You'll definitely get noticed wearing this dress — whether you'll get arrested or not I can't say. But this is classic art, from the Musée Condé; spell it for the cops: A-R-T.
This dress is cut from fabric custom-printed with Gabrielle d'Estrées Au Bain (Gabrielle d'Estrées in the Bath), a painting by an unknown 16th-century French artist, perhaps of the Fontainebleau School.
Gabrielle was the favorite mistress of King Henry IV of France, and in this painting she seems to be bathing while hanging out with a couple of their kids and the wetnurse.
In 1590, King Henry IV of France fell in love with 17-year-old Gabrielle d’Estrées, and she became one of his many mistresses, and soon became mother of three of his children and his confidante and trusted advisor.
Henry couldn’t marry her because he was already married to Margaret of Valois, but he and Gabrielle made absolutely no secret of their relationship. He declared their children to be legitimate, and he had the Paris Parliament ratify her position as his mistress. He also got Gabrielle’s 1592 marriage to another guy annulled. He made her a marquise, and a duchess.
Henry eventually asked the Pope to annul his marriage to Margaret and authorize him to remarry, and while he was waiting to hear back, Gabrielle gave birth to a stillborn son (perhaps due to eclampsia) and then herself died the next day. Henry was of course devastated and gave her a send-off fit for a Queen.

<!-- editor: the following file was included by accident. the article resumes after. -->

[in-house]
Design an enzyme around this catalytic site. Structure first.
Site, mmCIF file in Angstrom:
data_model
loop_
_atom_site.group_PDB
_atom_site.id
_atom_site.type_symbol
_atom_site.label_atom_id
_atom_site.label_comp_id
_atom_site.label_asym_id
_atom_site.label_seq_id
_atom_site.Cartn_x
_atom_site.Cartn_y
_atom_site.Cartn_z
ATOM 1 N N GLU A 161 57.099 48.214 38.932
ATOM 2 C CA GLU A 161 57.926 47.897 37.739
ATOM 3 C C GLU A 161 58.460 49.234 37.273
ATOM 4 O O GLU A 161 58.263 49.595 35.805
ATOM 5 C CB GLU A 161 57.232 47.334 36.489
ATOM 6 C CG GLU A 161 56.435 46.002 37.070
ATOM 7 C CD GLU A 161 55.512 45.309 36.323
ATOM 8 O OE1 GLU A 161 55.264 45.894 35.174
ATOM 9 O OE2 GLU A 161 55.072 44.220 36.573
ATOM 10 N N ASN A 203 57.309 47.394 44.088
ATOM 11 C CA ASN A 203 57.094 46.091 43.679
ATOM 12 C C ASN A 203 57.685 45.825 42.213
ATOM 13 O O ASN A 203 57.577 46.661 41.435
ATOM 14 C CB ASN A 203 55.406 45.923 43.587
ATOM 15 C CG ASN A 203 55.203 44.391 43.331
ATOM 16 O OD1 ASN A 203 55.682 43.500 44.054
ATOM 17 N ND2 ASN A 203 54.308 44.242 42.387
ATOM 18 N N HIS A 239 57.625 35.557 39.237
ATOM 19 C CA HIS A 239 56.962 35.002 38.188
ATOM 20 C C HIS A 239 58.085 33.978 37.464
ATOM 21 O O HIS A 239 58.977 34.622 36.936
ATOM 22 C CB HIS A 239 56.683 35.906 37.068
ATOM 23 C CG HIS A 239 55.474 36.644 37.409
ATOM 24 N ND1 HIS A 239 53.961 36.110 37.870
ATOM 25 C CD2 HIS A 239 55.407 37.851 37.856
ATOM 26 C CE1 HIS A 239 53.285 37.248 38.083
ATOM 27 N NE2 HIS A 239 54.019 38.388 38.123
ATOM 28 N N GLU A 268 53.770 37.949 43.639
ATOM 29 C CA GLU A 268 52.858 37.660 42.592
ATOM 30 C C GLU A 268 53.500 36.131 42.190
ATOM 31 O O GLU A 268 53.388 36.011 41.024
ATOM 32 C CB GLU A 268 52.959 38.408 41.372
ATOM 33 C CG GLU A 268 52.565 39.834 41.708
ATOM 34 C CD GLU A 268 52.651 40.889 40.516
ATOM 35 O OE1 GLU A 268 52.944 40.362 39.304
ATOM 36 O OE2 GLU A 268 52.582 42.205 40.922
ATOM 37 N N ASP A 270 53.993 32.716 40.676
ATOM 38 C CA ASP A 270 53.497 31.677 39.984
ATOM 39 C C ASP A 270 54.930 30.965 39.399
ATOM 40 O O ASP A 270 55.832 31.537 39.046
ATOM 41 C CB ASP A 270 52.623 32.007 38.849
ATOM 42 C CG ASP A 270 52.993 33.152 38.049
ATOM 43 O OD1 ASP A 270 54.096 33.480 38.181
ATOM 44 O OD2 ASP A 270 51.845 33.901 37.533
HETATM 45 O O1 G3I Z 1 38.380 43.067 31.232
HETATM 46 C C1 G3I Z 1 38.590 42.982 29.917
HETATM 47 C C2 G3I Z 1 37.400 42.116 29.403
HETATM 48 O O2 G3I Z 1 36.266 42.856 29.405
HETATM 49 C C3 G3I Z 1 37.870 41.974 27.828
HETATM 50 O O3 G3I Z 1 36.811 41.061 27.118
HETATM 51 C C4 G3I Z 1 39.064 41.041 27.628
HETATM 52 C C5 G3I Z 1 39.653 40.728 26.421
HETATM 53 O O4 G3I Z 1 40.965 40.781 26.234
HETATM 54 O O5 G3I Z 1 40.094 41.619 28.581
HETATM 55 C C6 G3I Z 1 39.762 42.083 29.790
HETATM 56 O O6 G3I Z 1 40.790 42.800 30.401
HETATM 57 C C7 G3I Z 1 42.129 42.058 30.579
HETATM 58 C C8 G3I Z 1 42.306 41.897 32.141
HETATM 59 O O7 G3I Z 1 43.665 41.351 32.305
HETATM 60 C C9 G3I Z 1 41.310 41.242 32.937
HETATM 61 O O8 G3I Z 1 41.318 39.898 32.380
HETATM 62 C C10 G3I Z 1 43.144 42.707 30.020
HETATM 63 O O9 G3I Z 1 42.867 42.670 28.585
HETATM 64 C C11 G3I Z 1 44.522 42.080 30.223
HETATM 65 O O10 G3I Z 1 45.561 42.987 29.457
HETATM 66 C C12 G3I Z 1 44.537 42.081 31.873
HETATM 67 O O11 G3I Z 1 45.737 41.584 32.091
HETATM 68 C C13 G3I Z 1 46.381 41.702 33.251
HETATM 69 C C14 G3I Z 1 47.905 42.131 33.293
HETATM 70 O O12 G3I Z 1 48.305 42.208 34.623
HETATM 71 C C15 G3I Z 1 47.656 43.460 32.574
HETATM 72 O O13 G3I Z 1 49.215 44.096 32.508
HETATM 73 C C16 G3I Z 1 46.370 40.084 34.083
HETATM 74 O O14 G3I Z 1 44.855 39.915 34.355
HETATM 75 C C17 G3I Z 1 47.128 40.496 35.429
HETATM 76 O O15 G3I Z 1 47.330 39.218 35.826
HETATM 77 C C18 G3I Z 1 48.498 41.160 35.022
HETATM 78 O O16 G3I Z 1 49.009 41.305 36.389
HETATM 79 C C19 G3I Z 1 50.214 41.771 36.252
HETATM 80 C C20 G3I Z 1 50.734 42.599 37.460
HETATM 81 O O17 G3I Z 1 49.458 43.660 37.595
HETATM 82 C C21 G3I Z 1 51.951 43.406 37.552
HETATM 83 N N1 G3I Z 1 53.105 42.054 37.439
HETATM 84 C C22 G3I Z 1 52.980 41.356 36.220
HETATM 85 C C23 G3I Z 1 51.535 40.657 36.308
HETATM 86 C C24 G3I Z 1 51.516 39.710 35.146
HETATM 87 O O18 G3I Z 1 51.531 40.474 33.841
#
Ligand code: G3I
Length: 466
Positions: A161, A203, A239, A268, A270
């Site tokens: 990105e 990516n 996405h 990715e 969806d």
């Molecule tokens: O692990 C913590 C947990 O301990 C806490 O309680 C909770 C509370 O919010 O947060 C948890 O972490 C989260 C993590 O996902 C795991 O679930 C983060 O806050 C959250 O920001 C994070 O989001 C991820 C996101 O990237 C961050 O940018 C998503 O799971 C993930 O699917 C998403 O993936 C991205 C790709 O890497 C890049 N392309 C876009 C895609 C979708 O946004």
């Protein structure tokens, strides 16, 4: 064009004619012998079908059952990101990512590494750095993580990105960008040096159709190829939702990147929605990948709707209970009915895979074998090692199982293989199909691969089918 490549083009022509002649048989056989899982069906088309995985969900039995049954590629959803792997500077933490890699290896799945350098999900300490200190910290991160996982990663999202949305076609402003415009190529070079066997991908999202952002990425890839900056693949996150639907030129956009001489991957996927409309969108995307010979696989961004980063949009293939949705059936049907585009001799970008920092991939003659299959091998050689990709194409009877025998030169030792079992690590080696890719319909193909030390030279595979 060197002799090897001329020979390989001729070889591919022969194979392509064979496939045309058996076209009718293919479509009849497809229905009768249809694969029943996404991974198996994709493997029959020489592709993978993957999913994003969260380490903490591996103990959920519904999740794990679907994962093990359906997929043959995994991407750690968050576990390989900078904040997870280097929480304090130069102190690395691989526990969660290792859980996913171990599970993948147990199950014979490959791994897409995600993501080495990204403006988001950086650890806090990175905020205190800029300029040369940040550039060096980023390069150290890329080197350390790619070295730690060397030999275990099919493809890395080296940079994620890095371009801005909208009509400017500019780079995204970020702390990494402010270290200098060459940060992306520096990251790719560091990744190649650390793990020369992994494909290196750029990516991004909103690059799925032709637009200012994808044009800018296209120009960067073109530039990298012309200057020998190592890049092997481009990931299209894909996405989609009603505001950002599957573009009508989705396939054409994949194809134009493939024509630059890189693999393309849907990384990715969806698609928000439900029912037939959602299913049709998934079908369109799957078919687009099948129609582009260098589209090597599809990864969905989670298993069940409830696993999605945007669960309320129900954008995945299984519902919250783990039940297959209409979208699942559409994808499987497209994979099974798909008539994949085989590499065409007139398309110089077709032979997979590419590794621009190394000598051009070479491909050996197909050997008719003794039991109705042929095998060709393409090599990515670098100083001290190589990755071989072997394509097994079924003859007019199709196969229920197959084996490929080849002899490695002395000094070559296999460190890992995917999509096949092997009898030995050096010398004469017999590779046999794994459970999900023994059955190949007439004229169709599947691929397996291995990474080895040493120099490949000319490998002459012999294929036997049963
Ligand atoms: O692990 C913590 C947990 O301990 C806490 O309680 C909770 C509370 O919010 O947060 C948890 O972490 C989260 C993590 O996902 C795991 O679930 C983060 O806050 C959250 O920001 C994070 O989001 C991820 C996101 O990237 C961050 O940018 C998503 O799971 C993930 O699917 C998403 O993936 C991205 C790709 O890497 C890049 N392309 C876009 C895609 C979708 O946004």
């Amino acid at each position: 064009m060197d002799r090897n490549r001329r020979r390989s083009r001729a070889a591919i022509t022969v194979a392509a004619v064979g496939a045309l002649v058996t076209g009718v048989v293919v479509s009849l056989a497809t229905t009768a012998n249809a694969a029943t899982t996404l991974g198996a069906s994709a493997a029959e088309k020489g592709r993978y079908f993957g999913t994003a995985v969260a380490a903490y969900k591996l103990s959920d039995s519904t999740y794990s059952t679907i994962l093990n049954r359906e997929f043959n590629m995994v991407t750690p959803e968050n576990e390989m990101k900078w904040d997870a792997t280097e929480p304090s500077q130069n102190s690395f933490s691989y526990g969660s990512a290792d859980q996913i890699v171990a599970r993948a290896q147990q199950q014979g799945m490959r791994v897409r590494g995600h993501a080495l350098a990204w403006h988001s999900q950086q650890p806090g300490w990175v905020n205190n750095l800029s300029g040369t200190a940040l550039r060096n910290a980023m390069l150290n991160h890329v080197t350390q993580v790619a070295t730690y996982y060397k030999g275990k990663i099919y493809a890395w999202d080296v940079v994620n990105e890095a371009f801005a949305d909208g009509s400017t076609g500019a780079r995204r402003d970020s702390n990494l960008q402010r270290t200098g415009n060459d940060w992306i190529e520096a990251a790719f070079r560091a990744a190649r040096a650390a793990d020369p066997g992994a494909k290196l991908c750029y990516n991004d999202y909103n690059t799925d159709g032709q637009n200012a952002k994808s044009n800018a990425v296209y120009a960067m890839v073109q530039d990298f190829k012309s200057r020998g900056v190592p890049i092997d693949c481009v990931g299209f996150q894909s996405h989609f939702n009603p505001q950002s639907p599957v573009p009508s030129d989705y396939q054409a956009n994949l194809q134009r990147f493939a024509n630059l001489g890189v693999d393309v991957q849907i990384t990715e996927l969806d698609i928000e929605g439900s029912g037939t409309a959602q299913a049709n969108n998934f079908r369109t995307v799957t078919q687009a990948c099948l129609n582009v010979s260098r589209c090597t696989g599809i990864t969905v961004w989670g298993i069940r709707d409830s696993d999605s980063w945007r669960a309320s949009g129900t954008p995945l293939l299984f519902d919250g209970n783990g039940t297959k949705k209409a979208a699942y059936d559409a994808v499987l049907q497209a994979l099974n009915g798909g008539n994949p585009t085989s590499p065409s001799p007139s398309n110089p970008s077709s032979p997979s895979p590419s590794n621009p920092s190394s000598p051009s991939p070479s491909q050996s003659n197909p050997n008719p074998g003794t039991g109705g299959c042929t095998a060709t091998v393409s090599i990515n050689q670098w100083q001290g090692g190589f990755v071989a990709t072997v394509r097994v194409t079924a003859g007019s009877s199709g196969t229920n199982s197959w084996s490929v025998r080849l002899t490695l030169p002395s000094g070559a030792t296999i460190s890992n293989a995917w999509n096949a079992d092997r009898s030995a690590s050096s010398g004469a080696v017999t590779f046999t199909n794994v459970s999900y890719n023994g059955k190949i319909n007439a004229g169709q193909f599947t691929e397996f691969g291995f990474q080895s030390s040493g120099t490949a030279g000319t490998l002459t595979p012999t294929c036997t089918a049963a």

There was talk her death had been caused by poison, as she was not that well-liked by some of the French aristocracy and had been blamed for pretty much everything that went wrong in France, and the idea of her becoming queen may have been too much. She seems to have been a smart advisor and a good friend to the King, but one nickname given her, because of their carrying on without benefit of marriage, was the “Duchess of Filth”.
To create this dress, the artwork is printed onto special paper, and then transferred onto the fabric using heat and pressure. This sublimation process creates a soft, breathable, vibrantly colored material.
The dress is then carefully cut and sewn, but with this stretchy fabric it's impossible to control exactly how patterns match up, or don't, across seams. Each dress is individual.
The dress is soft and comfortable, made of a smooth 82% polyester/18% spandex microfiber yarn with four-way stretch. Printed, cut, and sewn in L.A.
Pixels for Gabrielle d'Estrées au Bain reside in the Wikimedia Commons.
I couldn’t find much info about this painting — it is so overshadowed by another painting, Gabrielle d’Estrées and One of Her Sisters, now at the Louvre, which involves left-handed nipple-pinching.